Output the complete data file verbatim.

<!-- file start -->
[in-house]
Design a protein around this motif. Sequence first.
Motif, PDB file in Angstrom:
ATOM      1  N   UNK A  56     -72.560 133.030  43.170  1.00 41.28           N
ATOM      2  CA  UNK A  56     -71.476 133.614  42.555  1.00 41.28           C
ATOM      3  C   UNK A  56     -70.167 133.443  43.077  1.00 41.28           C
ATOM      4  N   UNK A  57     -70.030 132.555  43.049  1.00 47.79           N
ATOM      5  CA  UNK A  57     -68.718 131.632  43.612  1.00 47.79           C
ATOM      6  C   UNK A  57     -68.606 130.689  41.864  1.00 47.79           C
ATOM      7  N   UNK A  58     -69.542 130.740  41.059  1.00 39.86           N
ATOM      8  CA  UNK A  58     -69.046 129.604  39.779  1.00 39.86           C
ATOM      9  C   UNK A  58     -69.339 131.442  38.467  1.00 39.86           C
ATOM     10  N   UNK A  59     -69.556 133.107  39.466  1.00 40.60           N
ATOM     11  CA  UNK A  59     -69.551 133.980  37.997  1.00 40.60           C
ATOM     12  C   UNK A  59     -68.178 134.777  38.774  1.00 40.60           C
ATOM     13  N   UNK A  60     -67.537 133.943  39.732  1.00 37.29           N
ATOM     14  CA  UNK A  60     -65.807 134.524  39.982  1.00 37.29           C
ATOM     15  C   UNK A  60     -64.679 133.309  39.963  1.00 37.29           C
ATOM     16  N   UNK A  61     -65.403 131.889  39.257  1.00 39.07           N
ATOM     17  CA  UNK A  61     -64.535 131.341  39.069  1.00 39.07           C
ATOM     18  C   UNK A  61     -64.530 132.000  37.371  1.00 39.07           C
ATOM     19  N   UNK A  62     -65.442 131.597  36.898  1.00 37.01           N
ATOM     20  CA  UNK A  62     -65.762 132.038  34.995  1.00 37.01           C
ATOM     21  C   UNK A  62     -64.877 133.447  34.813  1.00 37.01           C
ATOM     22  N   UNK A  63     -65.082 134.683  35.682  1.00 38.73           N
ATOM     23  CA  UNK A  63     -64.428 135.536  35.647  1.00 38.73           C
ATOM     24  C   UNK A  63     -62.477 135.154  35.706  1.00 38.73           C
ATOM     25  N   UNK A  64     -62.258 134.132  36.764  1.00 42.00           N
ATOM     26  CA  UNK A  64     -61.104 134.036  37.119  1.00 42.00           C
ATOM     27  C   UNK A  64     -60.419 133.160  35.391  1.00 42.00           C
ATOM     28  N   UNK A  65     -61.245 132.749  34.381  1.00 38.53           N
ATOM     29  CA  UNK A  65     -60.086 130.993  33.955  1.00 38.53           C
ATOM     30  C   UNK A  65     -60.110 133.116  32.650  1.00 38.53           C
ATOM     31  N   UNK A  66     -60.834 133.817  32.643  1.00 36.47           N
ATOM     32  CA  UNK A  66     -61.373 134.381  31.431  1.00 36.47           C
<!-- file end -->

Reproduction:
[in-house]
Design a protein around this motif. Sequence first.
Motif, PDB file in Angstrom:
ATOM      1  N   UNK A  56     -72.560 133.030  43.170  1.00 41.28           N
ATOM      2  CA  UNK A  56     -71.476 133.614  42.555  1.00 41.28           C
ATOM      3  C   UNK A  56     -70.167 133.443  43.077  1.00 41.28           C
ATOM      4  N   UNK A  57     -70.030 132.555  43.049  1.00 47.79           N
ATOM      5  CA  UNK A  57     -68.718 131.632  43.612  1.00 47.79           C
ATOM      6  C   UNK A  57     -68.606 130.689  41.864  1.00 47.79           C
ATOM      7  N   UNK A  58     -69.542 130.740  41.059  1.00 39.86           N
ATOM      8  CA  UNK A  58     -69.046 129.604  39.779  1.00 39.86           C
ATOM      9  C   UNK A  58     -69.339 131.442  38.467  1.00 39.86           C
ATOM     10  N   UNK A  59     -69.556 133.107  39.466  1.00 40.60           N
ATOM     11  CA  UNK A  59     -69.551 133.980  37.997  1.00 40.60           C
ATOM     12  C   UNK A  59     -68.178 134.777  38.774  1.00 40.60           C
ATOM     13  N   UNK A  60     -67.537 133.943  39.732  1.00 37.29           N
ATOM     14  CA  UNK A  60     -65.807 134.524  39.982  1.00 37.29           C
ATOM     15  C   UNK A  60     -64.679 133.309  39.963  1.00 37.29           C
ATOM     16  N   UNK A  61     -65.403 131.889  39.257  1.00 39.07           N
ATOM     17  CA  UNK A  61     -64.535 131.341  39.069  1.00 39.07           C
ATOM     18  C   UNK A  61     -64.530 132.000  37.371  1.00 39.07           C
ATOM     19  N   UNK A  62     -65.442 131.597  36.898  1.00 37.01           N
ATOM     20  CA  UNK A  62     -65.762 132.038  34.995  1.00 37.01           C
ATOM     21  C   UNK A  62     -64.877 133.447  34.813  1.00 37.01           C
ATOM     22  N   UNK A  63     -65.082 134.683  35.682  1.00 38.73           N
ATOM     23  CA  UNK A  63     -64.428 135.536  35.647  1.00 38.73           C
ATOM     24  C   UNK A  63     -62.477 135.154  35.706  1.00 38.73           C
ATOM     25  N   UNK A  64     -62.258 134.132  36.764  1.00 42.00           N
ATOM     26  CA  UNK A  64     -61.104 134.036  37.119  1.00 42.00           C
ATOM     27  C   UNK A  64     -60.419 133.160  35.391  1.00 42.00           C
ATOM     28  N   UNK A  65     -61.245 132.749  34.381  1.00 38.53           N
ATOM     29  CA  UNK A  65     -60.086 130.993  33.955  1.00 38.53           C
ATOM     30  C   UNK A  65     -60.110 133.116  32.650  1.00 38.53           C
ATOM     31  N   UNK A  66     -60.834 133.817  32.643  1.00 36.47           N
ATOM     32  CA  UNK A  66     -61.373 134.381  31.431  1.00 36.47           C